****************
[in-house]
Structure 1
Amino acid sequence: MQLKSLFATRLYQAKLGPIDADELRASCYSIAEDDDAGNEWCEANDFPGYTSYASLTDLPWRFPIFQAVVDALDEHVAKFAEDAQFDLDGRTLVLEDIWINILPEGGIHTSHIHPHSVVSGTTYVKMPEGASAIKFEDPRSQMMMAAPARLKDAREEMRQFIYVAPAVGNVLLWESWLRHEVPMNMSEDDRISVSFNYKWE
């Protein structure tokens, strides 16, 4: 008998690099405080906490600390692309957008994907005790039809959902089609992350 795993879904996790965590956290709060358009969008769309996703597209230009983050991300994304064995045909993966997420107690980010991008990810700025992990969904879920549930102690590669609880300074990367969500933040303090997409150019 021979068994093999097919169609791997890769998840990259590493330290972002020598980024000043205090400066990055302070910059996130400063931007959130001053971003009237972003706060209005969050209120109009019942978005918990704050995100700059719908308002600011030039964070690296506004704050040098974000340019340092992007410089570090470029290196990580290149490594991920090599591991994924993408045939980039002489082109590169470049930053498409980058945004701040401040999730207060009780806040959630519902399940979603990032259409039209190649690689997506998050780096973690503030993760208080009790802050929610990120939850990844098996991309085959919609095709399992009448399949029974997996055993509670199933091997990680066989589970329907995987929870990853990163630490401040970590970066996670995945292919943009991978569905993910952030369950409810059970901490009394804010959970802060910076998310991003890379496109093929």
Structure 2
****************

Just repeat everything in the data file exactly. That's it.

[in-house]
Structure 1
Amino acid sequence: MQLKSLFATRLYQAKLGPIDADELRASCYSIAEDDDAGNEWCEANDFPGYTSYASLTDLPWRFPIFQAVVDALDEHVAKFAEDAQFDLDGRTLVLEDIWINILPEGGIHTSHIHPHSVVSGTTYVKMPEGASAIKFEDPRSQMMMAAPARLKDAREEMRQFIYVAPAVGNVLLWESWLRHEVPMNMSEDDRISVSFNYKWE
């Protein structure tokens, strides 16, 4: 008998690099405080906490600390692309957008994907005790039809959902089609992350 795993879904996790965590956290709060358009969008769309996703597209230009983050991300994304064995045909993966997420107690980010991008990810700025992990969904879920549930102690590669609880300074990367969500933040303090997409150019 021979068994093999097919169609791997890769998840990259590493330290972002020598980024000043205090400066990055302070910059996130400063931007959130001053971003009237972003706060209005969050209120109009019942978005918990704050995100700059719908308002600011030039964070690296506004704050040098974000340019340092992007410089570090470029290196990580290149490594991920090599591991994924993408045939980039002489082109590169470049930053498409980058945004701040401040999730207060009780806040959630519902399940979603990032259409039209190649690689997506998050780096973690503030993760208080009790802050929610990120939850990844098996991309085959919609095709399992009448399949029974997996055993509670199933091997990680066989589970329907995987929870990853990163630490401040970590970066996670995945292919943009991978569905993910952030369950409810059970901490009394804010959970802060910076998310991003890379496109093929």
Structure 2